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Supporting your coaches

If you are serious about coaching in your organisation, you may want to undertake some more formal study or train at least some of your coaches formally. Coaching is not regulated in the UK and there are many providers of coaching training. As is to be expected, the quality and type of training available varies considerably. There are many excellent courses available ranging from accredited short courses to full length courses leading to nationally recognised qualifications.  Ideally, look for courses accredited by a recognised organisation, such as those accredited by the Institute of Leadership and Management (ILM), the European Mentoring and Coaching Council (EMCC) or the International Coach Federation (ICF) or leading to a recognised qualification within the National Qualifications Framework, ideally both.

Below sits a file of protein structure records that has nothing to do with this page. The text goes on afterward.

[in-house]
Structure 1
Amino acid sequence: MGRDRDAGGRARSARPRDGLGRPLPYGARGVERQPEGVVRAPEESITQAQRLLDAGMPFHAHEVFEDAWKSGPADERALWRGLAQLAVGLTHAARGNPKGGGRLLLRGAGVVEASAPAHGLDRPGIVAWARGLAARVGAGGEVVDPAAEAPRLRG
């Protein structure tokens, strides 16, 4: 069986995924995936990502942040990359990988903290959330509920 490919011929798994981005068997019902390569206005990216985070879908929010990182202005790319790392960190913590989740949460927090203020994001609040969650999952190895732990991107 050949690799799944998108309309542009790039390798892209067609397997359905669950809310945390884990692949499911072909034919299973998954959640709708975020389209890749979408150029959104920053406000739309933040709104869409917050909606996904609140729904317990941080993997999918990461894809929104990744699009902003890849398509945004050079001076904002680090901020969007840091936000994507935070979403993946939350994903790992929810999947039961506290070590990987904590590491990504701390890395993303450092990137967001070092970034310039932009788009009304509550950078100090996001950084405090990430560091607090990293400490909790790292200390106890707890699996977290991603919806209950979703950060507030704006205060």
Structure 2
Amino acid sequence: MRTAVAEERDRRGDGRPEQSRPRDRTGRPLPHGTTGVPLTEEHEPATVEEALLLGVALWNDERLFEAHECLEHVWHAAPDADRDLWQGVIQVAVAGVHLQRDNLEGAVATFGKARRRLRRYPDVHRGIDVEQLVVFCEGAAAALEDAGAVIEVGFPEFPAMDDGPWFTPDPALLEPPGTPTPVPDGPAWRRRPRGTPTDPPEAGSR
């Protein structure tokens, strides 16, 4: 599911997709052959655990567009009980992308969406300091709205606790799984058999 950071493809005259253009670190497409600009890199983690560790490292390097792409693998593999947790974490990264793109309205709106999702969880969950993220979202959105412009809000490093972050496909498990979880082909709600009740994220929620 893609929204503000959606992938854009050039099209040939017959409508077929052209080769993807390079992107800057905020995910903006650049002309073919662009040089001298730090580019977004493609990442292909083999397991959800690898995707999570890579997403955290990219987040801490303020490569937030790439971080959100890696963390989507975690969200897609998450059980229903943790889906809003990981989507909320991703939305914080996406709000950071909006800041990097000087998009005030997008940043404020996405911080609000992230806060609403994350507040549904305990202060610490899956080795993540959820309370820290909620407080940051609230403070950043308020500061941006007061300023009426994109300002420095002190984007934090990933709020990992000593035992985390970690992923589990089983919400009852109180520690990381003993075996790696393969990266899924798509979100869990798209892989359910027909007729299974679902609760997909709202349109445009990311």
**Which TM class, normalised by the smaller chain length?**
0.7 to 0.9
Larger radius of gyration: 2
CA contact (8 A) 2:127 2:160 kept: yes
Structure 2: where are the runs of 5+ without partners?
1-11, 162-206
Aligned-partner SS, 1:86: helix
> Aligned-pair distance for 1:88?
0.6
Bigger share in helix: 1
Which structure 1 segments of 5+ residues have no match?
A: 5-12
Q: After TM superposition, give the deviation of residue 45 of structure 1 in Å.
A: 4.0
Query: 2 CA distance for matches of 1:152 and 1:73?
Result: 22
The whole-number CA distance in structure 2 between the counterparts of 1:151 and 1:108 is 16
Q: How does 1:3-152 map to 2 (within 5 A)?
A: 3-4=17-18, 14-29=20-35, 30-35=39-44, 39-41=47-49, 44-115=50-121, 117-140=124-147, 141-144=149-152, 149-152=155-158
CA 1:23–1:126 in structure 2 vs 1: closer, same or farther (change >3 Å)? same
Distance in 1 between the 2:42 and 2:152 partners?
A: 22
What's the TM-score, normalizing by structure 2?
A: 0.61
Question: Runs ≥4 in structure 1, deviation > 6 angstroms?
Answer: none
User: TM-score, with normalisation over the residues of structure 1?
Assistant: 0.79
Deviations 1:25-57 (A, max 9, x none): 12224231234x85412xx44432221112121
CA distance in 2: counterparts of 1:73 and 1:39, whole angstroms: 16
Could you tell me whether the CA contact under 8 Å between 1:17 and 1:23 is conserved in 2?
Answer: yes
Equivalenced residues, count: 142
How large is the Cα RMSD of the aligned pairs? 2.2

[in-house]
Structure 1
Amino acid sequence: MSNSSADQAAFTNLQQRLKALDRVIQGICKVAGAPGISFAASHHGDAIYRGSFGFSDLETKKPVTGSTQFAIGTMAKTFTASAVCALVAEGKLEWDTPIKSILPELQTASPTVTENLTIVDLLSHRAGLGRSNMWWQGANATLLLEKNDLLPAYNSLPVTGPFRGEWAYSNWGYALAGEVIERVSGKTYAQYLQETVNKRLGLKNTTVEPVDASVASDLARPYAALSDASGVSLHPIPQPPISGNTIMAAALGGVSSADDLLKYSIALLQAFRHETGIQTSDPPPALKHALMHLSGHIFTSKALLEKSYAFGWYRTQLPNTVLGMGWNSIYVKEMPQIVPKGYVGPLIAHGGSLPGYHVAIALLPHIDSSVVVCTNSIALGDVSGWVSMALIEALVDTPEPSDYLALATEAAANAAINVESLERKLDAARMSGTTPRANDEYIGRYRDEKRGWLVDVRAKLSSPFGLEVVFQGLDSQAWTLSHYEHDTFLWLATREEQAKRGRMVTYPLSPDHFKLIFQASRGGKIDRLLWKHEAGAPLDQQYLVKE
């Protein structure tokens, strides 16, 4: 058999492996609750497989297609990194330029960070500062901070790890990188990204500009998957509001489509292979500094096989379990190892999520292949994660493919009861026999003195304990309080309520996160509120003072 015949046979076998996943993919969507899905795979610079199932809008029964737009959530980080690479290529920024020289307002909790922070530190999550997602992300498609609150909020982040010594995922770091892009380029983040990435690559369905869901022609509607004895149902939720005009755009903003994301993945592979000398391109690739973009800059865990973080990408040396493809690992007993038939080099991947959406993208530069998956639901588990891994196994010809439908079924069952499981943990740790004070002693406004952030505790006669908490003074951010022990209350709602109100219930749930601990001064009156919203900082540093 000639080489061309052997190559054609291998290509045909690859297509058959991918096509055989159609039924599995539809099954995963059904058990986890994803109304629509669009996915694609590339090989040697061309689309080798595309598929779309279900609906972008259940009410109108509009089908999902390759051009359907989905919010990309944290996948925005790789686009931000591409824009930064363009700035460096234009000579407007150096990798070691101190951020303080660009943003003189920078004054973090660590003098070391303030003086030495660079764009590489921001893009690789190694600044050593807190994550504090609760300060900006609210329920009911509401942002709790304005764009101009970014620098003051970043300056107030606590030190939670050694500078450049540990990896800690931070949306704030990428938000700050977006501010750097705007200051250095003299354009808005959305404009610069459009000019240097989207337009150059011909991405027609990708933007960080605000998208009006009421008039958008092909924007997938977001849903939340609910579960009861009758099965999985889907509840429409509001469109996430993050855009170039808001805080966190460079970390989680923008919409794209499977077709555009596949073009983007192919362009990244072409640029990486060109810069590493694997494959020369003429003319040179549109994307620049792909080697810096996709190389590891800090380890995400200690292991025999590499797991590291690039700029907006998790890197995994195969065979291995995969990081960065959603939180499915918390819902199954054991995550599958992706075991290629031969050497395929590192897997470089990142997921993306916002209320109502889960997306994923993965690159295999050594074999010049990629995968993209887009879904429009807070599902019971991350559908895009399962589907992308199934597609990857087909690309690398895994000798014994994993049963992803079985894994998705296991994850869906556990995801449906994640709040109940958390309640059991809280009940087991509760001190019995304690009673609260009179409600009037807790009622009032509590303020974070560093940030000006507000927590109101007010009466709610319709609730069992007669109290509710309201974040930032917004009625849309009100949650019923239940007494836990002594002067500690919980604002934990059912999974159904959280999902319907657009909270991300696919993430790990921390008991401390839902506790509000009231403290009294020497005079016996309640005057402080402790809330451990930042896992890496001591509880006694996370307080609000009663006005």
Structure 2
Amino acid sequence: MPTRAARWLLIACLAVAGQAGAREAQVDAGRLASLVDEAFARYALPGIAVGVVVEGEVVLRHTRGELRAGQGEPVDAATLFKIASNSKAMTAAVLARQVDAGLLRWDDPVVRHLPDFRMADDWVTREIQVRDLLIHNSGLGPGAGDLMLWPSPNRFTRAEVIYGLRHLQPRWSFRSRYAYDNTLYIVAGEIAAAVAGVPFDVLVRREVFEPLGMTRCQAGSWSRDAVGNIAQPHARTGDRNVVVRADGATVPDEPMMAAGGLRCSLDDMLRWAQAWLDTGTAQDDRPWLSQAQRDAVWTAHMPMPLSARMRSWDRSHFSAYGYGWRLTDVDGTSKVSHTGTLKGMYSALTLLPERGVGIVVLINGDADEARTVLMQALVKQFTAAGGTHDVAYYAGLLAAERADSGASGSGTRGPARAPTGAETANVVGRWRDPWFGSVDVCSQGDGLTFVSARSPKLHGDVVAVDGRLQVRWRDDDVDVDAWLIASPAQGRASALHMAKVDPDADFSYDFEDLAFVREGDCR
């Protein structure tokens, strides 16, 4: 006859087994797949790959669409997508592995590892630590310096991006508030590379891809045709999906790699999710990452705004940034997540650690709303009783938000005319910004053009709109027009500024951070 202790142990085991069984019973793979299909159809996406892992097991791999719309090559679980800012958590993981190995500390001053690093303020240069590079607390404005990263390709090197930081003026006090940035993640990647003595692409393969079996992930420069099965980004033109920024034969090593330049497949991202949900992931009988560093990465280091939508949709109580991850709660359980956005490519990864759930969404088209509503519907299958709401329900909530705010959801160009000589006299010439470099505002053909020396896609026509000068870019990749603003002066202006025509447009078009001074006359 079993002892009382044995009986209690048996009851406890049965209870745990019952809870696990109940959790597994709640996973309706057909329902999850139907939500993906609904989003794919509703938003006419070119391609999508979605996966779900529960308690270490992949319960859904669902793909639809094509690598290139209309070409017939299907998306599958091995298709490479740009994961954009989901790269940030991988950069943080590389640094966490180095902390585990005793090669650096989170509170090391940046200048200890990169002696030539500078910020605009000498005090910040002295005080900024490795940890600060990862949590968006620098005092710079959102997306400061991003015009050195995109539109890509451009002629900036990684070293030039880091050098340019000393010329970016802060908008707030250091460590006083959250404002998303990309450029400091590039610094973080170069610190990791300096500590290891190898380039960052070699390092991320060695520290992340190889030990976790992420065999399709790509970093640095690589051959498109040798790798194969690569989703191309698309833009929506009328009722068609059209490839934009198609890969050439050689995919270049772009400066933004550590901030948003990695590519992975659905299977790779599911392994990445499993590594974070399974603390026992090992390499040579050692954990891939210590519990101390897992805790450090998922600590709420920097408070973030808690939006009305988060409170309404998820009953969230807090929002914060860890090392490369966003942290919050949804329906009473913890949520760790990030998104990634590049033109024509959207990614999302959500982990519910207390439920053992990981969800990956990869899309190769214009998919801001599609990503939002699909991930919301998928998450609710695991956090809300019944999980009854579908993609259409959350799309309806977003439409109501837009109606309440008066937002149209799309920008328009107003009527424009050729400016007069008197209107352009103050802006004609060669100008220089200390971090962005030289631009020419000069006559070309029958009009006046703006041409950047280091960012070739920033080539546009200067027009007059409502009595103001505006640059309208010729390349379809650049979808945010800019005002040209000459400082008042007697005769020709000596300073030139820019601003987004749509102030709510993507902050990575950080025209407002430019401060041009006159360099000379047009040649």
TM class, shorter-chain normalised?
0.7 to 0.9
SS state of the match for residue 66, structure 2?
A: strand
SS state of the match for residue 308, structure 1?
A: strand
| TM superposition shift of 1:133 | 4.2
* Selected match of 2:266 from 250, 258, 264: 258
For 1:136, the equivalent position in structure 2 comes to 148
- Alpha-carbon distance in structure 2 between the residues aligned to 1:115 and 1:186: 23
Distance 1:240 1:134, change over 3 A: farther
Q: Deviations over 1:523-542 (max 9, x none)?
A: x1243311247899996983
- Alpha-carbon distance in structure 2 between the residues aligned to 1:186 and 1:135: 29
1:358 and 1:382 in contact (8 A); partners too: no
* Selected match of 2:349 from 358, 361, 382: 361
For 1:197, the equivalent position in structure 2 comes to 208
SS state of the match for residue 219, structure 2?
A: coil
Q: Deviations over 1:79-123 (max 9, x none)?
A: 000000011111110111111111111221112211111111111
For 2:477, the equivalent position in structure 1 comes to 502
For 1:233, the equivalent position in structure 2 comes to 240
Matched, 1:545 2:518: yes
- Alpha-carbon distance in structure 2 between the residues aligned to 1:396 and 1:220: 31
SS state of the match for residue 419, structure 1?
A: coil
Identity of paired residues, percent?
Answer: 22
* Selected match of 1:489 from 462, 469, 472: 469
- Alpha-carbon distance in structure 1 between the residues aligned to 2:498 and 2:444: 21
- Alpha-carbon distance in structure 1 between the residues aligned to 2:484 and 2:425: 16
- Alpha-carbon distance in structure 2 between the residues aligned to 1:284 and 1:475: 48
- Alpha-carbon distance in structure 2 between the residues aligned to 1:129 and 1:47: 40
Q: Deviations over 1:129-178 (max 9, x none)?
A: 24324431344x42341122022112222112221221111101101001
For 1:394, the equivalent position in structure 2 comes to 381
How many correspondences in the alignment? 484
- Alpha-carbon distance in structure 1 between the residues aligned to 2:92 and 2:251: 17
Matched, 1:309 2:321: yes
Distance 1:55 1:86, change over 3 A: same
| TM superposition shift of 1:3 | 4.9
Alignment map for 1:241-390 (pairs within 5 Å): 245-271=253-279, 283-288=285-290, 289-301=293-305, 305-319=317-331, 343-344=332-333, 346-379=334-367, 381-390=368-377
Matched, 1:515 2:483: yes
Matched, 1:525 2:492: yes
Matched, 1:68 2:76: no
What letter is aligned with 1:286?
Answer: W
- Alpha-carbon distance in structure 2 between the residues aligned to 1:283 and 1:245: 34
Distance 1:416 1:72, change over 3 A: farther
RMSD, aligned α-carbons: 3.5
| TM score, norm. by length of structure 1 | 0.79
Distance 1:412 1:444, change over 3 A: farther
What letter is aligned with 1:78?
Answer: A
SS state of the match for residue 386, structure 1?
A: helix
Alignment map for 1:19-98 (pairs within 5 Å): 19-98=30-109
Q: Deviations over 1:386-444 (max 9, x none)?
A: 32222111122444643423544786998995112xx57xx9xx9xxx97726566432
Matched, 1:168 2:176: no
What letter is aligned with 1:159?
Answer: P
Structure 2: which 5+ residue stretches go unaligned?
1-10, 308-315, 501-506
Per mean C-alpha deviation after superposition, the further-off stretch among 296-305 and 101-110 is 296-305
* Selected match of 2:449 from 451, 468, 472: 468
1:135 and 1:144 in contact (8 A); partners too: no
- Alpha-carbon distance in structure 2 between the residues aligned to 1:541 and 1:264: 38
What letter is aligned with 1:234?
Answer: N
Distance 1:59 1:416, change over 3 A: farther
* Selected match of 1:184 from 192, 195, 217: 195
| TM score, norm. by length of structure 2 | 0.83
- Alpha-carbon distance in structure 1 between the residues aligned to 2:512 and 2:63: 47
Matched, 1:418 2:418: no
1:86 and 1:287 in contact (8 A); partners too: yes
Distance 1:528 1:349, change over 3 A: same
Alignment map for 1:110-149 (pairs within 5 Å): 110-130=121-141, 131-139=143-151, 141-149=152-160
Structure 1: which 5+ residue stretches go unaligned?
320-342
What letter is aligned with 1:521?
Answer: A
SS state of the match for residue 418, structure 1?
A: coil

Once qualified coaches require ongoing opportunities to practice and for staff development, one element of which should be to be coached themselves on a regular basis. It is also important to establish a practice of coaching supervision, where coaches can reflect on their coaching with a more experienced coach and explore any difficult issues confidentially. This can be done individually or in groups. It has three key purposes: to ensure that the coach works within a professional and ethical framework; to continue the professional development of the coach; and to provide a safe environment in which the coach can address challenges encountered in their coaching.  Supervision is usually provided by a more experienced coach, often from outside the organisation. 

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